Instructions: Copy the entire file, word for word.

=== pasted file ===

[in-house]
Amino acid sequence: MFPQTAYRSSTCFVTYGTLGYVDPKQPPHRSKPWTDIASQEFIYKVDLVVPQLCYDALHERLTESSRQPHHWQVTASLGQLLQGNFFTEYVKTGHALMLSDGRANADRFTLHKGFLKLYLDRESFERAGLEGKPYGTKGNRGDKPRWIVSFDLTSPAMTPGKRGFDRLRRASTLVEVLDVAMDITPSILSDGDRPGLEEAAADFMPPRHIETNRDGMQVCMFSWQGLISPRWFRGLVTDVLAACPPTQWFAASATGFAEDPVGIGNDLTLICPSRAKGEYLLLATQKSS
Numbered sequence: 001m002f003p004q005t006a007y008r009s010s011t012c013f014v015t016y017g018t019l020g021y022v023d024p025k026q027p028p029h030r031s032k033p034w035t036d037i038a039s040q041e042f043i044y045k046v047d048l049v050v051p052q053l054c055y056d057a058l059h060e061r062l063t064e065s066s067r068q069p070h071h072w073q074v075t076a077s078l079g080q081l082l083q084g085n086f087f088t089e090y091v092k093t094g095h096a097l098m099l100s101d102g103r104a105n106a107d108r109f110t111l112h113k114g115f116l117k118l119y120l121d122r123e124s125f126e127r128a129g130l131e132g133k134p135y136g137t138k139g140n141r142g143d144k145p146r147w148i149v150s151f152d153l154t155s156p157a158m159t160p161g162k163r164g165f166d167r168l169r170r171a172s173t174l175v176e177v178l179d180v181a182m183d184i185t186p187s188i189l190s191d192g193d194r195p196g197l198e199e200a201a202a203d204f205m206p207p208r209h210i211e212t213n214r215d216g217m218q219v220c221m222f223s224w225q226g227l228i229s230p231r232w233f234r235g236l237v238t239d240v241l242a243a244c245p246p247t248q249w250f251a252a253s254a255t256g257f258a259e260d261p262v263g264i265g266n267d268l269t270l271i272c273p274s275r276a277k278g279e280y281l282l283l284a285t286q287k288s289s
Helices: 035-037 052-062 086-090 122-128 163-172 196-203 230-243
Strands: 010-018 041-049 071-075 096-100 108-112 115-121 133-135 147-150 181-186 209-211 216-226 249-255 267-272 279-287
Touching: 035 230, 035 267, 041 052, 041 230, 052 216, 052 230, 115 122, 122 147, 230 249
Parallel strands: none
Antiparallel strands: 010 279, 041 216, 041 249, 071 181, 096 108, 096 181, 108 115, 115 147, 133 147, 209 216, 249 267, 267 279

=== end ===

[in-house]
Amino acid sequence: MFPQTAYRSSTCFVTYGTLGYVDPKQPPHRSKPWTDIASQEFIYKVDLVVPQLCYDALHERLTESSRQPHHWQVTASLGQLLQGNFFTEYVKTGHALMLSDGRANADRFTLHKGFLKLYLDRESFERAGLEGKPYGTKGNRGDKPRWIVSFDLTSPAMTPGKRGFDRLRRASTLVEVLDVAMDITPSILSDGDRPGLEEAAADFMPPRHIETNRDGMQVCMFSWQGLISPRWFRGLVTDVLAACPPTQWFAASATGFAEDPVGIGNDLTLICPSRAKGEYLLLATQKSS
Numbered sequence: 001m002f003p004q005t006a007y008r009s010s011t012c013f014v015t016y017g018t019l020g021y022v023d024p025k026q027p028p029h030r031s032k033p034w035t036d037i038a039s040q041e042f043i044y045k046v047d048l049v050v051p052q053l054c055y056d057a058l059h060e061r062l063t064e065s066s067r068q069p070h071h072w073q074v075t076a077s078l079g080q081l082l083q084g085n086f087f088t089e090y091v092k093t094g095h096a097l098m099l100s101d102g103r104a105n106a107d108r109f110t111l112h113k114g115f116l117k118l119y120l121d122r123e124s125f126e127r128a129g130l131e132g133k134p135y136g137t138k139g140n141r142g143d144k145p146r147w148i149v150s151f152d153l154t155s156p157a158m159t160p161g162k163r164g165f166d167r168l169r170r171a172s173t174l175v176e177v178l179d180v181a182m183d184i185t186p187s188i189l190s191d192g193d194r195p196g197l198e199e200a201a202a203d204f205m206p207p208r209h210i211e212t213n214r215d216g217m218q219v220c221m222f223s224w225q226g227l228i229s230p231r232w233f234r235g236l237v238t239d240v241l242a243a244c245p246p247t248q249w250f251a252a253s254a255t256g257f258a259e260d261p262v263g264i265g266n267d268l269t270l271i272c273p274s275r276a277k278g279e280y281l282l283l284a285t286q287k288s289s
Helices: 035-037 052-062 086-090 122-128 163-172 196-203 230-243
Strands: 010-018 041-049 071-075 096-100 108-112 115-121 133-135 147-150 181-186 209-211 216-226 249-255 267-272 279-287
Touching: 035 230, 035 267, 041 052, 041 230, 052 216, 052 230, 115 122, 122 147, 230 249
Parallel strands: none
Antiparallel strands: 010 279, 041 216, 041 249, 071 181, 096 108, 096 181, 108 115, 115 147, 133 147, 209 216, 249 267, 267 279